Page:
We are an echo of the past


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richie conroy

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Re: Odds of Spotting Survivors from the Air
« Reply #66 on: November 17, 2011, 07:09:06 PM »

We are an echo of the past


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Ric Gillespie

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Re: Odds of Spotting Survivors from the Air
« Reply #67 on: November 17, 2011, 07:40:53 PM »

The apparent "trails" appear in the Dec. 1. 1938 aerial photo.  For an in-depth discussion see "Not-So-Happy Trails"
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John Ousterhout

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Re: Odds of Spotting Survivors from the Air
« Reply #68 on: November 18, 2011, 07:45:05 AM »

I noticed on the sketch attached to Lambrecht's report that their flight path over Gardner approached from the NE.  To an observer camped near the Norwich City at 08:00 on an early July morning, that direction would have been obscured by the trees and roughly in the morning sun.  In other words, there would have been no warning of approaching aircraft to anyone who might have been in that location.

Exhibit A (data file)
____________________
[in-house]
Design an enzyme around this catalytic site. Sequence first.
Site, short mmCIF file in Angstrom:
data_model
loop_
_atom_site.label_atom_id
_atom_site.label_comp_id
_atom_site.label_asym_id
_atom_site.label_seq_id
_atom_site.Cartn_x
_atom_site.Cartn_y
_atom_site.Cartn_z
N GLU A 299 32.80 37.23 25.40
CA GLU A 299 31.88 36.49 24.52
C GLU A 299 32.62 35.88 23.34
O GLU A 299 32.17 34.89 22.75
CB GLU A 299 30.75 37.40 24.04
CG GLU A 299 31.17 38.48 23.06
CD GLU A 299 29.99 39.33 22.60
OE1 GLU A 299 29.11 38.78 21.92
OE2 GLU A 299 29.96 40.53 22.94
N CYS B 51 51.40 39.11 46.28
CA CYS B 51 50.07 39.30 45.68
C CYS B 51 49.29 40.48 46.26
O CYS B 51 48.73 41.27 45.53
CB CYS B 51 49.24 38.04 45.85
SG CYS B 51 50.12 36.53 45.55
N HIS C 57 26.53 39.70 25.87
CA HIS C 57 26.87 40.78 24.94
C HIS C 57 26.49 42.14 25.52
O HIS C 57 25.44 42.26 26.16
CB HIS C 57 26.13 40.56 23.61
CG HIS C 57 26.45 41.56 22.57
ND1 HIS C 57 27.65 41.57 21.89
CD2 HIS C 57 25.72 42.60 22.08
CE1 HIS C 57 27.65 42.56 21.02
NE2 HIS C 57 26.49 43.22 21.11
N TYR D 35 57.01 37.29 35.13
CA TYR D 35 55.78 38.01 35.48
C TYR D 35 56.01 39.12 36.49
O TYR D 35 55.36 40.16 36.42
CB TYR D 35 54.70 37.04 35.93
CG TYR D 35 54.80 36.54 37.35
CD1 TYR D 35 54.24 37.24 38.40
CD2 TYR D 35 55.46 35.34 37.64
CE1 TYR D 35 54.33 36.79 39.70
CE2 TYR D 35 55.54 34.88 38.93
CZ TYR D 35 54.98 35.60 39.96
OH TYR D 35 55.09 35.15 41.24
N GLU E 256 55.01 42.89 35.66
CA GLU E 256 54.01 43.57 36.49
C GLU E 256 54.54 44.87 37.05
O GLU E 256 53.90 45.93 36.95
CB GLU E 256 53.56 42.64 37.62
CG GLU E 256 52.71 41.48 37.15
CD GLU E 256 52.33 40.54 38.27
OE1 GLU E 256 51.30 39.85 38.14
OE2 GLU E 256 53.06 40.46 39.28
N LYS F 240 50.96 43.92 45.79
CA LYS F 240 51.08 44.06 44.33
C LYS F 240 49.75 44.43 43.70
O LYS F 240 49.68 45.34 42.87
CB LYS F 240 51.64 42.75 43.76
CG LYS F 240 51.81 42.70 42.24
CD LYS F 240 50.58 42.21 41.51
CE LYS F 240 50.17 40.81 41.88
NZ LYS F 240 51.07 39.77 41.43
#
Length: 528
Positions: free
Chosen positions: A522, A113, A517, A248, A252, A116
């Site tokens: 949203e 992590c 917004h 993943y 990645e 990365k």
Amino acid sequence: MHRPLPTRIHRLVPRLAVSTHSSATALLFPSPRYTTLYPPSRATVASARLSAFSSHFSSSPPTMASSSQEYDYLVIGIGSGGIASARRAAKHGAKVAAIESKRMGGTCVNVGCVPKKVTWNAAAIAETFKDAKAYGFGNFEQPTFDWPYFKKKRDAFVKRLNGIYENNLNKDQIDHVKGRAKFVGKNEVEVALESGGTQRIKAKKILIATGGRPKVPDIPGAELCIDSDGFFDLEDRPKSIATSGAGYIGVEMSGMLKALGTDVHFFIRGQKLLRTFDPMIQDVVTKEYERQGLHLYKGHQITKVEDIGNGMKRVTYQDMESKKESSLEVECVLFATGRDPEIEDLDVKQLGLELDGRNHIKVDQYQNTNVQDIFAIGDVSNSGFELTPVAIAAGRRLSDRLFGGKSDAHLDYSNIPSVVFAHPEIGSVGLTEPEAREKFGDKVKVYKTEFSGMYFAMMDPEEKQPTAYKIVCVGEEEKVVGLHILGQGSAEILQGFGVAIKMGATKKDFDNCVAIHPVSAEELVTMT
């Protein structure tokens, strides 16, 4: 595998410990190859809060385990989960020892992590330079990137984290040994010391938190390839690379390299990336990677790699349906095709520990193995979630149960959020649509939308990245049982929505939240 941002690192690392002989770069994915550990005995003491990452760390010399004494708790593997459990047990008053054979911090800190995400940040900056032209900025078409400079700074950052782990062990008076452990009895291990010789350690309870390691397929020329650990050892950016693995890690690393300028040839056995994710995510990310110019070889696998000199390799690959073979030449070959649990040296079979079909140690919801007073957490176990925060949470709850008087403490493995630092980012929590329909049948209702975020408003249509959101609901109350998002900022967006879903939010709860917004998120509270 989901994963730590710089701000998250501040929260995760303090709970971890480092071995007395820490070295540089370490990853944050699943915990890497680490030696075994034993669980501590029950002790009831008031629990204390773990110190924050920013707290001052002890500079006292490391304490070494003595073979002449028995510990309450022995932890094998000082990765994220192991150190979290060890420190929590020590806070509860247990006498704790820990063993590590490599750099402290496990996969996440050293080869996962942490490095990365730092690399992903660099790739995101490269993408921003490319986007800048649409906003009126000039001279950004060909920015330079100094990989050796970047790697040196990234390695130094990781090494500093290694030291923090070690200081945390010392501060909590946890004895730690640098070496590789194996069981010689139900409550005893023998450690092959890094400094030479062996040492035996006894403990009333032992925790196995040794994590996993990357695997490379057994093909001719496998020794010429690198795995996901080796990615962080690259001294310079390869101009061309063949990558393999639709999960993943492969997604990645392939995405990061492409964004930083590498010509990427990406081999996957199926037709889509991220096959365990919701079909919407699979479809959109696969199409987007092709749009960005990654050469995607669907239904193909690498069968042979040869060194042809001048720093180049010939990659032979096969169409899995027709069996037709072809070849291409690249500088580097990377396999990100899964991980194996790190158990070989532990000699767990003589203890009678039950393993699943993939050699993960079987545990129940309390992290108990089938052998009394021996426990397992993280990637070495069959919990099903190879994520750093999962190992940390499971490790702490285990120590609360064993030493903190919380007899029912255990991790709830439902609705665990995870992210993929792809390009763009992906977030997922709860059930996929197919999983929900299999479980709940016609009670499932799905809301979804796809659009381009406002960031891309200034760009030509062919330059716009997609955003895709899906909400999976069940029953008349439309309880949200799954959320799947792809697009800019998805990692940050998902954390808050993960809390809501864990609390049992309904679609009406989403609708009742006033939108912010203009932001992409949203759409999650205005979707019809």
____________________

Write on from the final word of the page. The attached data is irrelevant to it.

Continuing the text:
Almost nothing is recorded of the detailed flight path over the island.
The flight departed to the SE.
What would a rational survivor on the NW part of the island do if a flight had suddenly appeared from the East, and departed to the south east?  Staying on the NW part of the island when evidence of help might seem to be to the East and South?
One more thing I noticed from the sketch - Lambrecht's plotted return path to the ship passed within roughly 15 NM of Gardner, also to the east of the island, travelling from south to north.  That's close enough to be heard and seen from Gardner, under decent conditions.  The winds at the time were "northeast to east, 13-15 knots...", making the east side of the island in the lee of the wind, and therefore quieter and better able to hear aircraft in the distance.
To get from one side of the island to the other is a slow process.  Anyone seeing aircraft overhead on the NW shore might not have time or inclination to move to the Eastern shore.  They might not even be aware of the direction of approach, nor of departure.
Cheers,
JohnO
 
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Rich Ramsey

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Re: Odds of Spotting Survivors from the Air
« Reply #69 on: November 18, 2011, 09:13:58 AM »

Can we at least all agree on the bottom-line fact that Amelia and Fred were not seen by the Colorado's planes?

There are only two conclusions that can be drawn from what we know about what they saw:
- They saw "signs of recent habitation" on an island that hadn't been inhabited since 1892
- They didn't see any people